Here enters the burgeoning proto-synnefocratic powers; not seizing power from, but giving more power to, proximal SGSs, and in so-doing, become increasingly indispensable thereto. Important to consider, given that those factions which are best able to control, not just the major data-flows, but the topological substrates upon and through which those flows travel, will be those who ultimately control the largest shares of the system.

1Op is not a common annotation. Utilized for brevity. However, IaaS, PaaS and SaaS are all commonly utilized by those in the IT industry and other attendant fields.

Abyssal Arcology Actualized: The Muraka

The world’s first underwater residence has been completed, its name: The Muraka (meaning ‘coral’ in Dhivehi, the language of the Maldives). The splendid 15 million dollar villa is located in the Maldives (Indian Ocean), as part of the Hilton’s Conrad Maldives Rangali Island Resort; it is comprised of two levels and situated 16.5 feet below the sea and features panoramic windows that allow guests clear views of the colorful aquatic biota. The abyssal villa was the brain-child of architect, Ahmed Saleem.

Resting-chamber in The Muraka.

The construct adds a new and rather more literal meaning to the old saying “sleeping with the fishes,” as now you actually can, for $50,000 per night (and that is only BEFORE the addition of taxes). Whilst the price-tag is steep, The Muraka heralds the beginning of a paradigm shift towards more and more under(and over)water domiciles, tailored less to luxury and more to practical living.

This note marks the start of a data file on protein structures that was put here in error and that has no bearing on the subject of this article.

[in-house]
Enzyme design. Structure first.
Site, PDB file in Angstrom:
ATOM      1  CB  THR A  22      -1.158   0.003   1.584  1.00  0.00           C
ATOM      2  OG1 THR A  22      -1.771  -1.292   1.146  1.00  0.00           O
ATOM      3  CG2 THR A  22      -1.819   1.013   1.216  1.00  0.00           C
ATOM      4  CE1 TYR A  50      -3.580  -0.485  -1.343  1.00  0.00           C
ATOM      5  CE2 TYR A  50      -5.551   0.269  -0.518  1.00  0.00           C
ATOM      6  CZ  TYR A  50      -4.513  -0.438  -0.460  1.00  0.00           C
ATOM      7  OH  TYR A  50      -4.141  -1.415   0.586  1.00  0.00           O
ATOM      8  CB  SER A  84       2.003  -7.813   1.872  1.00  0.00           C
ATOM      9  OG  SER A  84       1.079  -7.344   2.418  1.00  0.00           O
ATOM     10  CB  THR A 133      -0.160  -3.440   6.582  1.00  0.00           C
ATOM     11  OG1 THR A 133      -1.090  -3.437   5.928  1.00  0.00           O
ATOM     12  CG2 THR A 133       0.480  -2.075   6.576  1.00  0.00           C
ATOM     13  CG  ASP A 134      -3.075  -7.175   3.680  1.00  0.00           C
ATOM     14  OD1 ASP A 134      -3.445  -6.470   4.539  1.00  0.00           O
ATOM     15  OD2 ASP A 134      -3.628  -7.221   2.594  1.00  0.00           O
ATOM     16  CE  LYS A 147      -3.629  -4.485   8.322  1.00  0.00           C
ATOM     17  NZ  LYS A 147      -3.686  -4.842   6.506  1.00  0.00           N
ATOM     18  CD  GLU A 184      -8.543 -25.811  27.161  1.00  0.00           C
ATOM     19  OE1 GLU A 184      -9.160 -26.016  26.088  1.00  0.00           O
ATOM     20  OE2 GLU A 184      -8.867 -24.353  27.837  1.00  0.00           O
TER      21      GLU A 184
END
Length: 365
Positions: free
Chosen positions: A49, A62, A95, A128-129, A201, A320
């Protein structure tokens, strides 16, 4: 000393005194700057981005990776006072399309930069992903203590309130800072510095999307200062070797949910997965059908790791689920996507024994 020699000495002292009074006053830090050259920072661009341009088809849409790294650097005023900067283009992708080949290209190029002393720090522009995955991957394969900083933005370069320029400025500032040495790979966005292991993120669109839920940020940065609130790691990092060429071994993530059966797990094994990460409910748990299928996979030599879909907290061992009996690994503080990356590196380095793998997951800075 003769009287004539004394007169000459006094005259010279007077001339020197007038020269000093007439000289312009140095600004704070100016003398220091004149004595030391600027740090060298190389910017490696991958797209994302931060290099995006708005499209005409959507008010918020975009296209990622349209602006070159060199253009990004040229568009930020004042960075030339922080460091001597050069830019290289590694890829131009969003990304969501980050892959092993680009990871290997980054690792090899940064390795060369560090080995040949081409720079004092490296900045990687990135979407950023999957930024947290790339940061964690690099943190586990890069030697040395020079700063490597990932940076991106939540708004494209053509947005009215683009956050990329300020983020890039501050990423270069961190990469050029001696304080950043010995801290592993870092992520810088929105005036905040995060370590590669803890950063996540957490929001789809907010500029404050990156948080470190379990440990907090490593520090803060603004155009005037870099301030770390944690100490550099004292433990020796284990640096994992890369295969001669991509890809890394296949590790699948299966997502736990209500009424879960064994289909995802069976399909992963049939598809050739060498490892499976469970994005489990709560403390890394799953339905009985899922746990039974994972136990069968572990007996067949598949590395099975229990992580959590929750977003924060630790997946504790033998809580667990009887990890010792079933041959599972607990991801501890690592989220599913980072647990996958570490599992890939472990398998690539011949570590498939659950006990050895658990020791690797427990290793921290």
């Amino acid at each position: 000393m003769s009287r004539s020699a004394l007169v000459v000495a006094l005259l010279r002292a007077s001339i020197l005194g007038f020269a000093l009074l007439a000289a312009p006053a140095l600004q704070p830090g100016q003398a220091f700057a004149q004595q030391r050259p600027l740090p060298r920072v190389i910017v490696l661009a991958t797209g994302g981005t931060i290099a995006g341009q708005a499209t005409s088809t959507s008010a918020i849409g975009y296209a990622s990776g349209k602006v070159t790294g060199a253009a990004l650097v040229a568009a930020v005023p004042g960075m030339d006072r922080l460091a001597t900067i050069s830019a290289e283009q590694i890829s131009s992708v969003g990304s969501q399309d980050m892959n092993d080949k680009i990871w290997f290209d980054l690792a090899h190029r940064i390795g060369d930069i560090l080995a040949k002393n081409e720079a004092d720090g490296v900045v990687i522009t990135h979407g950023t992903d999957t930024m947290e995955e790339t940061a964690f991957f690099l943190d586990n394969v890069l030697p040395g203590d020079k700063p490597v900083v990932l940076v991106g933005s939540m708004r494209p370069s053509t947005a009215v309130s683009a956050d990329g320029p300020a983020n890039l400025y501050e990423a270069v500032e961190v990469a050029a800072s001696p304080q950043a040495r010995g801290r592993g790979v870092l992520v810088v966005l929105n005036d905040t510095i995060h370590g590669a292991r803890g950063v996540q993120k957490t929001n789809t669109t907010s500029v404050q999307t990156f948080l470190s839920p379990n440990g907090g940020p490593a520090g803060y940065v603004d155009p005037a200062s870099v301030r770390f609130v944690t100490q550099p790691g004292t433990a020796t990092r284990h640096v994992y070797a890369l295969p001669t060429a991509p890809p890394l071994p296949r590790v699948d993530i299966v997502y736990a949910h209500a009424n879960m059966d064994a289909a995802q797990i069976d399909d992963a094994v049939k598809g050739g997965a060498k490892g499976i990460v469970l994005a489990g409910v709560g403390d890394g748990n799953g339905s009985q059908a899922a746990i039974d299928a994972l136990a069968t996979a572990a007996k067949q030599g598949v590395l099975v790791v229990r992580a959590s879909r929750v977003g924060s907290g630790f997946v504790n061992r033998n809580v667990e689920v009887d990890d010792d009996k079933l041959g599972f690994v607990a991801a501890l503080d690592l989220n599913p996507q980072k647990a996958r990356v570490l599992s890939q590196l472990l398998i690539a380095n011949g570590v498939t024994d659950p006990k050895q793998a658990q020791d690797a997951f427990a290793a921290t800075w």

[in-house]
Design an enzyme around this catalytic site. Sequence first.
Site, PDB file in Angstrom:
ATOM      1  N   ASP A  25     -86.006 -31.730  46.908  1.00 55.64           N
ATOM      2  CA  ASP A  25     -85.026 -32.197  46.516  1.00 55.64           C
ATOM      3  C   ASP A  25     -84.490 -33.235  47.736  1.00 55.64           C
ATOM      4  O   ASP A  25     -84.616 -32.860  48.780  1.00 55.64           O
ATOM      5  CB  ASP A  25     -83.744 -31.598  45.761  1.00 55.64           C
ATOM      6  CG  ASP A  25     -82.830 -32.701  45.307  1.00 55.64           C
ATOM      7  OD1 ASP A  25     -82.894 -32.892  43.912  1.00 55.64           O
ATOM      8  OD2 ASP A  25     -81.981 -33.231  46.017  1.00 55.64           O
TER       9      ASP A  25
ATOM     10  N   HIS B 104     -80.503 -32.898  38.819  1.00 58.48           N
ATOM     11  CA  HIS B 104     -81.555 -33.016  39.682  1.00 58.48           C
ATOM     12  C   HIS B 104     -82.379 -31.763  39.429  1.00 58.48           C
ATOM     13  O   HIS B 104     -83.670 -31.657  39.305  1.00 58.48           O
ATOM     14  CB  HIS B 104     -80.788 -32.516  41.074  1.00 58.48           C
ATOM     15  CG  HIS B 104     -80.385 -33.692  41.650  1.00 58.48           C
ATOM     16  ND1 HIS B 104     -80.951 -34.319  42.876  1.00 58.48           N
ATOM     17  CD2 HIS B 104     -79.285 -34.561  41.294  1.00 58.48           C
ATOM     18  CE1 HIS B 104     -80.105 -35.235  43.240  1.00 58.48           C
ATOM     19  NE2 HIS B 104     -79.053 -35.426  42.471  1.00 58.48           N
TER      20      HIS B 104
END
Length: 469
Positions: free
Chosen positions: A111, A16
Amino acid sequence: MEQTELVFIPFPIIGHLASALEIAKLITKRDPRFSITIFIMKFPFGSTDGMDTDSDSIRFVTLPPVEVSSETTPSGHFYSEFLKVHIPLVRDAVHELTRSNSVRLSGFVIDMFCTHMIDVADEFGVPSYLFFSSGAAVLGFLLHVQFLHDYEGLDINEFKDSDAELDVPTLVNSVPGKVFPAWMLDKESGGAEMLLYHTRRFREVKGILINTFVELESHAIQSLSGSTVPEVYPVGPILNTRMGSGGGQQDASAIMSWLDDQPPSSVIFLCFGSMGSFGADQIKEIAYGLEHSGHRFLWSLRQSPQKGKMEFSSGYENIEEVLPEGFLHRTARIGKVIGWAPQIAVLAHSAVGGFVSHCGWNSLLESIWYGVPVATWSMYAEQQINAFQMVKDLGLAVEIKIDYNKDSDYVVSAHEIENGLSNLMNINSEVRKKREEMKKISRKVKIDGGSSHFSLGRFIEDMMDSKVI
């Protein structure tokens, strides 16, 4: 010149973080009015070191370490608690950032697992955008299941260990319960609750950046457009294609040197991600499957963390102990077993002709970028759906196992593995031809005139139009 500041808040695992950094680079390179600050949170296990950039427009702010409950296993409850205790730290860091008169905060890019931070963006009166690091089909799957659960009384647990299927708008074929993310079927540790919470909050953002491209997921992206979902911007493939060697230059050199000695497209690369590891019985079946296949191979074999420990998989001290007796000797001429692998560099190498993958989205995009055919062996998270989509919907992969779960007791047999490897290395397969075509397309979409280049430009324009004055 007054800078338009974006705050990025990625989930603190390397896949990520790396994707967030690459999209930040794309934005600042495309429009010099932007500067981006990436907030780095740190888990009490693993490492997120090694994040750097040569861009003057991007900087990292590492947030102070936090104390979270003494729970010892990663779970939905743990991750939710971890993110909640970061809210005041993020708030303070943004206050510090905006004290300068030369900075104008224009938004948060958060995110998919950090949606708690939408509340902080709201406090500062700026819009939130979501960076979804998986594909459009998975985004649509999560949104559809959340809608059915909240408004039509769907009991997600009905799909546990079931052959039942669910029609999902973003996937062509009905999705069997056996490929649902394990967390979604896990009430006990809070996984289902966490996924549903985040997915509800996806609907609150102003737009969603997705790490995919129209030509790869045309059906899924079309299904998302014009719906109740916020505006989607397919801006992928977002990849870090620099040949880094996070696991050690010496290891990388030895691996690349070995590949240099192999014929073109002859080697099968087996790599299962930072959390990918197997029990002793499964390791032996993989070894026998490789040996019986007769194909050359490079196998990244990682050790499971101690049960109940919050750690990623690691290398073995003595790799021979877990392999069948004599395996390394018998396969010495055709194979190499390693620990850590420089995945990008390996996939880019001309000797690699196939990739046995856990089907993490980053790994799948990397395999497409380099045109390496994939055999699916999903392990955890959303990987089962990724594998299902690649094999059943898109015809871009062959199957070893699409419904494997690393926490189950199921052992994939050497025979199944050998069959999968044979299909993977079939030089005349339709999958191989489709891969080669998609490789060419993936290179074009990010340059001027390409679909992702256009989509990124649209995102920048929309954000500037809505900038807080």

Shark glides by The Muraka.

Notes On Mobile-Platform-Cities


Defining MPCs

Such a structure [an Arcology1] would take the place of the natural landscape inasmuch as it would constitute the new topography to be dealt with. This man-made topography would differ from the natural topography in the following ways: It would not be a one-surface configuration but a multilevel one. It would be conceived in such a way as to be the carrier of all the elements that make the physical life of the city possible—places and inlets for people, freight, water, power, climate, telephone; places and outlets for people, freight, waste, mail, products, and so forth. It would be a large-dimensioned sheltering device, fractioning three-dimensional space in large and small subspaces, making its own weather and its own cityscape. It would be the major vessel for massive flow of people and things within and toward the outside of the city. It would be the organizing pattern and anchorage for private and public institutions of the city. It would be the focal structure for the complex and ever-changing life of the city. It would be the unmistakable expression of man the maker and the creator. It would be diverse and singular in all of its realizations. Arcology would be surrounded by an uncluttered, open landscape.” — Paolo Soleri, 1969; Arcology: The City In The Image of Man, p. 13.

The need for a new definition of human settlement is apparent now more than ever before in human history. — Logan Bier, 2014; Post-Arcological Human Scale Emergence, p.1.

What do cruise-liners, space-stations and aircraft-carriers have in common?

They are all moving cities.